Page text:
Monday, January 08, 2007

Government is Not a 4-Letter Word

It is no secret that Americans are distrustful of government. In a conversation I had the other day with an employee of a Republican Senator, the same old arguments came up when talking about "helping the poor" - it'll raise taxes, and aren't private and faith-based groups better positioned to help these folks anyway?

I am very sympathetic to the accusation that government programs are often top-heavy and loaded with waste, inefficiency, and bureaucracy. Goverment programs - indeed - are not the solution to all of our problems. I am not a poster child for government programs. However, in our zest to quickly eschew anything that contains the "G" word and "helping people" in the same sentance, I think Americans often forget the good that government can do when properly funneled. While government policy alone will not end poverty, it must be one tool in our toolbelt. The "free market" (which is anything but free - have you seen our trade policy and subsidy packages?) will not be looking out for everyone, and well-placed policy can go a long way toward helping some of those left out and left behind without penalizing everyone else.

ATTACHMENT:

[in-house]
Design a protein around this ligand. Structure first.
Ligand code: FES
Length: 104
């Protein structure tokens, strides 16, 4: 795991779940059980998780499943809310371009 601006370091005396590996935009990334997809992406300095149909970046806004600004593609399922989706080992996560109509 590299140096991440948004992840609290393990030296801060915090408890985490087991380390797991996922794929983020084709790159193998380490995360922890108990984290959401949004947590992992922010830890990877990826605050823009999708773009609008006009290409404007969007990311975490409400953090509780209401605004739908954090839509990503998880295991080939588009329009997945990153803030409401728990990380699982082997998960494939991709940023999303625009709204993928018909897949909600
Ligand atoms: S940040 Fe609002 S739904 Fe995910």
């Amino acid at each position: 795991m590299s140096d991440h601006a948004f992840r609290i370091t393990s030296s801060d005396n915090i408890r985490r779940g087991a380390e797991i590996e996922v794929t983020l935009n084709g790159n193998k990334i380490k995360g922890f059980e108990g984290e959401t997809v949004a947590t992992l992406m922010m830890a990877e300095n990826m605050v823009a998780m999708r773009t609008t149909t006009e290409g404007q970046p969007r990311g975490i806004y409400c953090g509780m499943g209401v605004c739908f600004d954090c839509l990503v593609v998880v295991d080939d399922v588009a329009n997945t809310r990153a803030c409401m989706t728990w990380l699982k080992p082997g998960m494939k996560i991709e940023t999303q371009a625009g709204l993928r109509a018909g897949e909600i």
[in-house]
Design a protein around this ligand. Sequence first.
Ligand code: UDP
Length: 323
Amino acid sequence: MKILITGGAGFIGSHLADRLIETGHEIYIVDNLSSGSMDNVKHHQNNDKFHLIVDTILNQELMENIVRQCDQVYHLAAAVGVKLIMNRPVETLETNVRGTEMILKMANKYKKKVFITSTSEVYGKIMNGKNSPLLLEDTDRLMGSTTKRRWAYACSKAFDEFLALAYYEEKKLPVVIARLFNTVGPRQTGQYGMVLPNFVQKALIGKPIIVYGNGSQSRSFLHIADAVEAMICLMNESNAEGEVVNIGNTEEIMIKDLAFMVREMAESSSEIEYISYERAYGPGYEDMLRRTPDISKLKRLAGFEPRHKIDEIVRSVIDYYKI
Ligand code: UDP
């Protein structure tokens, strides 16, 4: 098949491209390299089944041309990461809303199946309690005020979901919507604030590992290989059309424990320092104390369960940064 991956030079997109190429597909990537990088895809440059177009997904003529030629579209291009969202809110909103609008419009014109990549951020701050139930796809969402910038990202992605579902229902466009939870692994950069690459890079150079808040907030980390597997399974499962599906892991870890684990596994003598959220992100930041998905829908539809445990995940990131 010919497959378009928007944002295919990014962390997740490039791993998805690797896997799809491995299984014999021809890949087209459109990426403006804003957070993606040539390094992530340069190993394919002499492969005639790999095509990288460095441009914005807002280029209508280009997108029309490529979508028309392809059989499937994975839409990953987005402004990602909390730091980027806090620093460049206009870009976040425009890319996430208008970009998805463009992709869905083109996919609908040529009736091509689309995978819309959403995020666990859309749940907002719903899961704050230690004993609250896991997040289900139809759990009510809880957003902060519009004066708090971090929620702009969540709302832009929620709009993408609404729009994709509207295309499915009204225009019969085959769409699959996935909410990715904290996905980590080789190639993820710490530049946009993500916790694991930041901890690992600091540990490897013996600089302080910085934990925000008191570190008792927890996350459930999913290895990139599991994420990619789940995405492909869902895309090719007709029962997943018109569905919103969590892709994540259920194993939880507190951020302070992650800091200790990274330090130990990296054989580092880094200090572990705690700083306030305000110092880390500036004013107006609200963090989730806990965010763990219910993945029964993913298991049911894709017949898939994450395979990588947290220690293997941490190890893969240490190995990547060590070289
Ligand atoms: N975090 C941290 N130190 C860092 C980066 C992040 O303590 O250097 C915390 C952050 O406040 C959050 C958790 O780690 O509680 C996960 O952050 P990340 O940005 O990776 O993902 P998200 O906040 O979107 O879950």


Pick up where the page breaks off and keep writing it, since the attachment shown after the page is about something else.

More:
Some of these points are well made by Paul Krugman in his Christmas op-ed in the NYTimes, which is brief and worth the read:

He looks to the success Britain has had in recent years in fighting poverty by simply enacting some common sense approaches. And before you critique it before reading it, it is not socialism; it is not big government; it is not government handouts. It is common sense legislation that puts the common good ahead of partisan bickering and ideological martyrdom.

It is a shame that in America, I just don't have the faith that our parties can come together and enact similar measures, even when they have done well in other nations and seem to make sense.


Anonymous Anonymous said...

You're right! I counted. 10 letters. Wow.

6:15 AM  
Anonymous Catherine said...

Well written article.

6:56 PM  

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